Our Story Begins:
Parenting Without Women?! The Hell You Say!!
Over this last weekend an amazing thing happened.
I’m not talking about the many, many (many) women who marched in cities across the country. Though, I’ll admit it, that sparks my article here.
No . . . over the weekend, while the Women’s March was going on the reporter Filip Bondy of the New York Times wrote an article about a town where a large number of the female residents left in order to march.
Before I get all vitriolic on things here, let me say I can posit my idea for what sounded like a great idea to editors or writers or whoever was in charge in newsrooms all across the country. Reporters galore were covering the women and their stories as they marched down streets, byways and national avenues across the country. What those same managers wanted was the “alternative” story. They wanted a story about the march, something with people but not in the middle of the march, they had that covered.
So cover the “husbands” and “dads” left behind.
Don’t get me wrong, I am not mad at mister Bondy. I do know he’s gotten a small amount of slam-back on it, I believe. Yet why wouldn’t he write the story?
The New York Times sent him to Montclair, New Jersey. He saw that the yoga studio was nearly empty. The local Starbucks was filled with mostly men. Dads who parented with their wives were left to parent alone . . . for a day. Check that . . . not even a full day, really. Just showing that the town lost so much population and how dads had to parent without them might have been enough of a story. But to write lines like: “there were other matters to navigate: children’s birthday parties, dance performances, swimming lessons, and lacrosse and indoor soccer practices. Growling stomachs required filling on a regular basis.”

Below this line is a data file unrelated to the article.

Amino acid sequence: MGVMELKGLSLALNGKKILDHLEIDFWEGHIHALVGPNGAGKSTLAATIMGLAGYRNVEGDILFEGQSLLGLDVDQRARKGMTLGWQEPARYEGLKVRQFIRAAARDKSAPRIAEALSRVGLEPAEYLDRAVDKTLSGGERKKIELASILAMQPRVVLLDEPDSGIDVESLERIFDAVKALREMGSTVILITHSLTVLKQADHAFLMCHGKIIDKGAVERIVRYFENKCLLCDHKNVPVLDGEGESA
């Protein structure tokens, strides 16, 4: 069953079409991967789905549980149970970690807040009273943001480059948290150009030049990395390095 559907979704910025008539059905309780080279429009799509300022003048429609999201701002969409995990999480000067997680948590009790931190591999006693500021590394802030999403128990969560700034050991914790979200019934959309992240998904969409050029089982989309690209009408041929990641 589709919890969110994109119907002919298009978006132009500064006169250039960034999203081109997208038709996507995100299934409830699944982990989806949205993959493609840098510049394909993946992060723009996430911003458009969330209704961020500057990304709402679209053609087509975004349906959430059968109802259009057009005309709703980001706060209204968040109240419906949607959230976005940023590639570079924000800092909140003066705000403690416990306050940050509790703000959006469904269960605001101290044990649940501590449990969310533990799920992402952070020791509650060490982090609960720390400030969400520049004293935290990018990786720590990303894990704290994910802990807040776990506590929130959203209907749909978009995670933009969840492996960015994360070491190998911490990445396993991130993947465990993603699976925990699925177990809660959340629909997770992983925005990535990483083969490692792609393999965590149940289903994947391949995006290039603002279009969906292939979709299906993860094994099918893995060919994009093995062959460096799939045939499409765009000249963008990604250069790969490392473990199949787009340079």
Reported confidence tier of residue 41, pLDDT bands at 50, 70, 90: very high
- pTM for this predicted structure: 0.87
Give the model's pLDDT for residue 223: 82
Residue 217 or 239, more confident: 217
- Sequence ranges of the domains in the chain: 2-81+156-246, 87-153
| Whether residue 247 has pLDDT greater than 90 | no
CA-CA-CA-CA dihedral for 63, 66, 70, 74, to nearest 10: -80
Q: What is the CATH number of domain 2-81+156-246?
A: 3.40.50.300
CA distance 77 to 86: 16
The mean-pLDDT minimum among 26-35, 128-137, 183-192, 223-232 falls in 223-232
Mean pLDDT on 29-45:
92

Well . . . of course they did.
I’ve been parenting alone for nearly six years now. My hackles rise when people start writing about all dads like they are the clueless, inane, drooling monoliths of a caveman era. Even before my wife of 18 years passed away I was making dinner nearly every night, cleaning, wiping butts and changing diapers and feeding kids. I cleaned up vomit, pee, poop, and fluids with questionable provenances for years. So to say “oh my god dads had to suddenly realize that kids have to be fed regularly” like it’s a surprise to dads is silly.
But lest you think I’m slamming the Times and Bondy . . . let me give you the biggest point: what he got right.
The article shows the dads adjusting coats, getting lunch, driving to soccer or appointments or lessons or what have you. The kids were fed. The dads weren’t in a state of disrepair. In fact, they ended the article with a mom saying “He was great, and there was no expectation he wouldn’t be.”
That’s a paradigm shift, my friends. This entire article may talk about dads having to parent alone, but it never says that they couldn’t parent alone. In fact, it seems their wives never even thought about that.
Years ago my wife, when she was still around, had attended a mom’s group and heard nothing but people around her complaining about their husbands. They couldn’t do anything right, they couldn’t cook or clean and they didn’t trust their husbands to watch the kids. When they came to my wife she looked at them and said “these are their kids, for God’s sake! They’re not going to kill them. You people are all f***ing nuts!” She asked her friends if they’d ever actually asked their husbands to watch the kids or do any of the things they were complaining about. When they couldn’t . . . she left.
I’m not saying this to make myself sound great, I made and make a toooooonnnn of mistakes. But I was always a partner; so much so that when I was left to parent alone, thinking I couldn’t, I was amazed at how much I really did know about.
Women are amazing, beautiful, kind, soft, independent, smart, organized and terrific. They are, without a doubt, the better half of the species, I’m certain of it. But sometimes . . . just sometimes . . . the men have actually paid attention.
That may amaze you even more.
What about you? Did you ever think your dad and your husband or partner couldn’t handle things?